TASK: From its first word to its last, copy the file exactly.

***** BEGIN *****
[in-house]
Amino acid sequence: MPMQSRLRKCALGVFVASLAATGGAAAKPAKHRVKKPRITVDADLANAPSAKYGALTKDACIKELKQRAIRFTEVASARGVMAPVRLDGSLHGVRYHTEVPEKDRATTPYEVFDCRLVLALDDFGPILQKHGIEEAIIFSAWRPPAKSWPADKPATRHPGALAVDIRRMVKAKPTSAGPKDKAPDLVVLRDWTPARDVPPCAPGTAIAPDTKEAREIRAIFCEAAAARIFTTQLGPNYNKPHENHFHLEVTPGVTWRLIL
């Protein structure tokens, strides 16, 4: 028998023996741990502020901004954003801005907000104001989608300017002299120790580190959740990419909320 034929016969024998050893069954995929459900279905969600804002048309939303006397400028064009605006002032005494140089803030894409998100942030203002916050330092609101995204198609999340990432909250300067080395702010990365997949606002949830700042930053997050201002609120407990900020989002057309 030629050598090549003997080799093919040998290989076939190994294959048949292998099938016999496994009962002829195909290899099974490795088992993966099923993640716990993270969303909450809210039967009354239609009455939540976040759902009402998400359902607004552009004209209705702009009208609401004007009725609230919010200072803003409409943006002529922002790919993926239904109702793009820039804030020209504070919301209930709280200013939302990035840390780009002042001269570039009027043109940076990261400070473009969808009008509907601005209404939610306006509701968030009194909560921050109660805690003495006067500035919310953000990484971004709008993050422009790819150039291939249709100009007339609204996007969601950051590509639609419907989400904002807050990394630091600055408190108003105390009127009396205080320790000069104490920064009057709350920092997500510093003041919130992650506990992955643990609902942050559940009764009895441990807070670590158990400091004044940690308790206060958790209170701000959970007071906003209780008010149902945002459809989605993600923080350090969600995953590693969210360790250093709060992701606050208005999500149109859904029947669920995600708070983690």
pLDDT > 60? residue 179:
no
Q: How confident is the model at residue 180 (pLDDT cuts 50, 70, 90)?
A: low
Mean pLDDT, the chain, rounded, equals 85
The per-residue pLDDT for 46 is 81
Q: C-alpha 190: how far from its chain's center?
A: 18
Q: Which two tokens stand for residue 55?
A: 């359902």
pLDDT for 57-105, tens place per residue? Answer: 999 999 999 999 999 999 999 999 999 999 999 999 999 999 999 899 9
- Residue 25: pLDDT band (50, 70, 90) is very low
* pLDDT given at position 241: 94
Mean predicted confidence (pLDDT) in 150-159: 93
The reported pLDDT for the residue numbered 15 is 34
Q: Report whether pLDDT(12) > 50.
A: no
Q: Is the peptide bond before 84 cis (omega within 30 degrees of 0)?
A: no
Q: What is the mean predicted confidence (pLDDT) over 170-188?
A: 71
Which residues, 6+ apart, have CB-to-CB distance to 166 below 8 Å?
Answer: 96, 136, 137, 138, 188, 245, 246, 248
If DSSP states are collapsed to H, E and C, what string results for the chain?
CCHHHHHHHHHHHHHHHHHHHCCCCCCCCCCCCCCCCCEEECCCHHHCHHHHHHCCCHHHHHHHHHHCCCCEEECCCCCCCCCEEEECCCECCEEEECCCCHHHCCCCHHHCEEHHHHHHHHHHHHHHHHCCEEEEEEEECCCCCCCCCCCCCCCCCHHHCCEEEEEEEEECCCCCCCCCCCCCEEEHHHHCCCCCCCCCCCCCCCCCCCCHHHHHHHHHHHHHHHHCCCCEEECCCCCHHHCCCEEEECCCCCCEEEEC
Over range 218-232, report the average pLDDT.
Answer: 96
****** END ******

[in-house]
Amino acid sequence: MPMQSRLRKCALGVFVASLAATGGAAAKPAKHRVKKPRITVDADLANAPSAKYGALTKDACIKELKQRAIRFTEVASARGVMAPVRLDGSLHGVRYHTEVPEKDRATTPYEVFDCRLVLALDDFGPILQKHGIEEAIIFSAWRPPAKSWPADKPATRHPGALAVDIRRMVKAKPTSAGPKDKAPDLVVLRDWTPARDVPPCAPGTAIAPDTKEAREIRAIFCEAAAARIFTTQLGPNYNKPHENHFHLEVTPGVTWRLIL
């Protein structure tokens, strides 16, 4: 028998023996741990502020901004954003801005907000104001989608300017002299120790580190959740990419909320 034929016969024998050893069954995929459900279905969600804002048309939303006397400028064009605006002032005494140089803030894409998100942030203002916050330092609101995204198609999340990432909250300067080395702010990365997949606002949830700042930053997050201002609120407990900020989002057309 030629050598090549003997080799093919040998290989076939190994294959048949292998099938016999496994009962002829195909290899099974490795088992993966099923993640716990993270969303909450809210039967009354239609009455939540976040759902009402998400359902607004552009004209209705702009009208609401004007009725609230919010200072803003409409943006002529922002790919993926239904109702793009820039804030020209504070919301209930709280200013939302990035840390780009002042001269570039009027043109940076990261400070473009969808009008509907601005209404939610306006509701968030009194909560921050109660805690003495006067500035919310953000990484971004709008993050422009790819150039291939249709100009007339609204996007969601950051590509639609419907989400904002807050990394630091600055408190108003105390009127009396205080320790000069104490920064009057709350920092997500510093003041919130992650506990992955643990609902942050559940009764009895441990807070670590158990400091004044940690308790206060958790209170701000959970007071906003209780008010149902945002459809989605993600923080350090969600995953590693969210360790250093709060992701606050208005999500149109859904029947669920995600708070983690």
pLDDT > 60? residue 179:
no
Q: How confident is the model at residue 180 (pLDDT cuts 50, 70, 90)?
A: low
Mean pLDDT, the chain, rounded, equals 85
The per-residue pLDDT for 46 is 81
Q: C-alpha 190: how far from its chain's center?
A: 18
Q: Which two tokens stand for residue 55?
A: 């359902």
pLDDT for 57-105, tens place per residue? Answer: 999 999 999 999 999 999 999 999 999 999 999 999 999 999 999 899 9
- Residue 25: pLDDT band (50, 70, 90) is very low
* pLDDT given at position 241: 94
Mean predicted confidence (pLDDT) in 150-159: 93
The reported pLDDT for the residue numbered 15 is 34
Q: Report whether pLDDT(12) > 50.
A: no
Q: Is the peptide bond before 84 cis (omega within 30 degrees of 0)?
A: no
Q: What is the mean predicted confidence (pLDDT) over 170-188?
A: 71
Which residues, 6+ apart, have CB-to-CB distance to 166 below 8 Å?
Answer: 96, 136, 137, 138, 188, 245, 246, 248
If DSSP states are collapsed to H, E and C, what string results for the chain?
CCHHHHHHHHHHHHHHHHHHHCCCCCCCCCCCCCCCCCEEECCCHHHCHHHHHHCCCHHHHHHHHHHCCCCEEECCCCCCCCCEEEECCCECCEEEECCCCHHHCCCCHHHCEEHHHHHHHHHHHHHHHHCCEEEEEEEECCCCCCCCCCCCCCCCCHHHCCEEEEEEEEECCCCCCCCCCCCCEEEHHHHCCCCCCCCCCCCCCCCCCCCHHHHHHHHHHHHHHHHCCCCEEECCCCCHHHCCCEEEECCCCCCEEEEC
Over range 218-232, report the average pLDDT.
Answer: 96